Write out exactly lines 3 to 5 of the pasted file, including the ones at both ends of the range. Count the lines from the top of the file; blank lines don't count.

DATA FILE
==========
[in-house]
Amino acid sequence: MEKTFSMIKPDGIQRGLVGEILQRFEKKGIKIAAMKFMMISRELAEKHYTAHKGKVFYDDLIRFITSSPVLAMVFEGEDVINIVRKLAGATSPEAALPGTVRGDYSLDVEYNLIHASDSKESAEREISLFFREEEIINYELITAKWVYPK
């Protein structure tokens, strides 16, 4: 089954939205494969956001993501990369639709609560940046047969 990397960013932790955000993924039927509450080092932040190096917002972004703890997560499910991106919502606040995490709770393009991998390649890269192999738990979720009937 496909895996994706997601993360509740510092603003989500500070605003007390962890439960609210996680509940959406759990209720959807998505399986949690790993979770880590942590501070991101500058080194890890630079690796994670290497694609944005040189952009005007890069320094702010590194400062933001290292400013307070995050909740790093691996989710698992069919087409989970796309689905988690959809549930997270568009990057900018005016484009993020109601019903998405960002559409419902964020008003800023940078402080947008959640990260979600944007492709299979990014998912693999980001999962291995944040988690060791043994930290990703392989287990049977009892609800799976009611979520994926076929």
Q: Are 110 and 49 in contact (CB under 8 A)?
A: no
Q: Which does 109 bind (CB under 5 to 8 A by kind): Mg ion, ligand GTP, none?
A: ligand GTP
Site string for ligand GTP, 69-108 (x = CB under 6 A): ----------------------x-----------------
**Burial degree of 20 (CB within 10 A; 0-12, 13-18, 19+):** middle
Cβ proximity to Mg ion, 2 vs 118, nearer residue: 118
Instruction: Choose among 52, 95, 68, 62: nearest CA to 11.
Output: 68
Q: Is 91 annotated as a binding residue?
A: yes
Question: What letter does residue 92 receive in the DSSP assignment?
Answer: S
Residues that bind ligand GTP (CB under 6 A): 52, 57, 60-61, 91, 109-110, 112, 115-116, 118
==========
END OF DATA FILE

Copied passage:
């Protein structure tokens, strides 16, 4: 089954939205494969956001993501990369639709609560940046047969 990397960013932790955000993924039927509450080092932040190096917002972004703890997560499910991106919502606040995490709770393009991998390649890269192999738990979720009937 496909895996994706997601993360509740510092603003989500500070605003007390962890439960609210996680509940959406759990209720959807998505399986949690790993979770880590942590501070991101500058080194890890630079690796994670290497694609944005040189952009005007890069320094702010590194400062933001290292400013307070995050909740790093691996989710698992069919087409989970796309689905988690959809549930997270568009990057900018005016484009993020109601019903998405960002559409419902964020008003800023940078402080947008959640990260979600944007492709299979990014998912693999980001999962291995944040988690060791043994930290990703392989287990049977009892609800799976009611979520994926076929």
Q: Are 110 and 49 in contact (CB under 8 A)?
A: no